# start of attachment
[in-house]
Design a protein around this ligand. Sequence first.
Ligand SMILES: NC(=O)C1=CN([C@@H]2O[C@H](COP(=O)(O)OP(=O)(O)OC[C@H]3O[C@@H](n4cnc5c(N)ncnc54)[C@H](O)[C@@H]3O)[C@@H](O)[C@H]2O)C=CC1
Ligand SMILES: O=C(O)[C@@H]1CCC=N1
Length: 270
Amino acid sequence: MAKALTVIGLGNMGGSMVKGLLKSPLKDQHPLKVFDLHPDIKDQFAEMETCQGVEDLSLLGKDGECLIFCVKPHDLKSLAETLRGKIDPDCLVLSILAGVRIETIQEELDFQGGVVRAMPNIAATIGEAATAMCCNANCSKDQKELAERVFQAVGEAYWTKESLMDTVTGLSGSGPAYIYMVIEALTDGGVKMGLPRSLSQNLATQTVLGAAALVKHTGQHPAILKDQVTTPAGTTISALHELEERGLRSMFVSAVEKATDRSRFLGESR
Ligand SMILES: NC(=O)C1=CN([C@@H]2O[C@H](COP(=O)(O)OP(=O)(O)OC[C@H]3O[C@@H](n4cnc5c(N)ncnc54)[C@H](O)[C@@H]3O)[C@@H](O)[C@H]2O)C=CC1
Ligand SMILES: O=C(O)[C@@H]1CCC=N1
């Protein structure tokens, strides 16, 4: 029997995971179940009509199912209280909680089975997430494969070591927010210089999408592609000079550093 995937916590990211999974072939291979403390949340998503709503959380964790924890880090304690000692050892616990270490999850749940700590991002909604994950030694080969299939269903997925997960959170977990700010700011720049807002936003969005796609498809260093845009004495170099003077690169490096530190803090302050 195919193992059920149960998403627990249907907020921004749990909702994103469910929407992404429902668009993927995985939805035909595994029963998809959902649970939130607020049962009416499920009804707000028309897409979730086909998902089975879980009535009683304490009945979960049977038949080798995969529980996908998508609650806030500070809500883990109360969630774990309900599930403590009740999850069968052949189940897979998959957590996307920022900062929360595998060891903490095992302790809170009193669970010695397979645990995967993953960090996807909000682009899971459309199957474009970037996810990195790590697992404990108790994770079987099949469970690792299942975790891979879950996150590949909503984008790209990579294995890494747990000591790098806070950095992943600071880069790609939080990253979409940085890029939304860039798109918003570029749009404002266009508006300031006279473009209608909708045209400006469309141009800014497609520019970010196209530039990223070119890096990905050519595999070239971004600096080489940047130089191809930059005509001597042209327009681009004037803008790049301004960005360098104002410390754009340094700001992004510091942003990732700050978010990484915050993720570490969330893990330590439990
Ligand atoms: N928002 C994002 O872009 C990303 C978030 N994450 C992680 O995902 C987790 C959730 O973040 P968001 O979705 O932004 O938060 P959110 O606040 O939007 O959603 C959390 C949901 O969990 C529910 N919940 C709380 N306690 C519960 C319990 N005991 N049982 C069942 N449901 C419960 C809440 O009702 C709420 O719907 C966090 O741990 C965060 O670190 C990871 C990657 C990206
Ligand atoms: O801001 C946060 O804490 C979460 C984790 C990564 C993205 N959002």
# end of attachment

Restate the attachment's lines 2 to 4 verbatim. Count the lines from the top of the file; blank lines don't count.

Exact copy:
Design a protein around this ligand. Sequence first.
Ligand SMILES: NC(=O)C1=CN([C@@H]2O[C@H](COP(=O)(O)OP(=O)(O)OC[C@H]3O[C@@H](n4cnc5c(N)ncnc54)[C@H](O)[C@@H]3O)[C@@H](O)[C@H]2O)C=CC1
Ligand SMILES: O=C(O)[C@@H]1CCC=N1